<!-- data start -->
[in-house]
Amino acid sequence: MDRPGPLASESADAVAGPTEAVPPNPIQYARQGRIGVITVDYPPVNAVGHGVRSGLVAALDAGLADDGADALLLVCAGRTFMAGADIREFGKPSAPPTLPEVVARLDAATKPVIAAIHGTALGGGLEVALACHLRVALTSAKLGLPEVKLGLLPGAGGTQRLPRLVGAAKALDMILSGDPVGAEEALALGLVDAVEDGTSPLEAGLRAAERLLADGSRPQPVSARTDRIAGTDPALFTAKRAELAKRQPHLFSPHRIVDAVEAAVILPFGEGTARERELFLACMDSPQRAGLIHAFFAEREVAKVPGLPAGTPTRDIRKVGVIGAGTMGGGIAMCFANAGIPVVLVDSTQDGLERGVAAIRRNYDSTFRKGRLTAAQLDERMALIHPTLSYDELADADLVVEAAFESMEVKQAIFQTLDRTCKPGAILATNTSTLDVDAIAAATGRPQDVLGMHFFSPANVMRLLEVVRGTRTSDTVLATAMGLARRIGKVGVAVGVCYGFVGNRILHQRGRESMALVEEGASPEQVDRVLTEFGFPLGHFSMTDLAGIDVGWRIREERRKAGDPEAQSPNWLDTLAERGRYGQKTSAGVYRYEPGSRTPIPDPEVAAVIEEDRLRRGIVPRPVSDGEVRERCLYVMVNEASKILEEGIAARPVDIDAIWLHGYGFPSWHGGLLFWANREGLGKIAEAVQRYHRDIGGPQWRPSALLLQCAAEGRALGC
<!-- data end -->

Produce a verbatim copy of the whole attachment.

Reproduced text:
[in-house]
Amino acid sequence: MDRPGPLASESADAVAGPTEAVPPNPIQYARQGRIGVITVDYPPVNAVGHGVRSGLVAALDAGLADDGADALLLVCAGRTFMAGADIREFGKPSAPPTLPEVVARLDAATKPVIAAIHGTALGGGLEVALACHLRVALTSAKLGLPEVKLGLLPGAGGTQRLPRLVGAAKALDMILSGDPVGAEEALALGLVDAVEDGTSPLEAGLRAAERLLADGSRPQPVSARTDRIAGTDPALFTAKRAELAKRQPHLFSPHRIVDAVEAAVILPFGEGTARERELFLACMDSPQRAGLIHAFFAEREVAKVPGLPAGTPTRDIRKVGVIGAGTMGGGIAMCFANAGIPVVLVDSTQDGLERGVAAIRRNYDSTFRKGRLTAAQLDERMALIHPTLSYDELADADLVVEAAFESMEVKQAIFQTLDRTCKPGAILATNTSTLDVDAIAAATGRPQDVLGMHFFSPANVMRLLEVVRGTRTSDTVLATAMGLARRIGKVGVAVGVCYGFVGNRILHQRGRESMALVEEGASPEQVDRVLTEFGFPLGHFSMTDLAGIDVGWRIREERRKAGDPEAQSPNWLDTLAERGRYGQKTSAGVYRYEPGSRTPIPDPEVAAVIEEDRLRRGIVPRPVSDGEVRERCLYVMVNEASKILEEGIAARPVDIDAIWLHGYGFPSWHGGLLFWANREGLGKIAEAVQRYHRDIGGPQWRPSALLLQCAAEGRALGC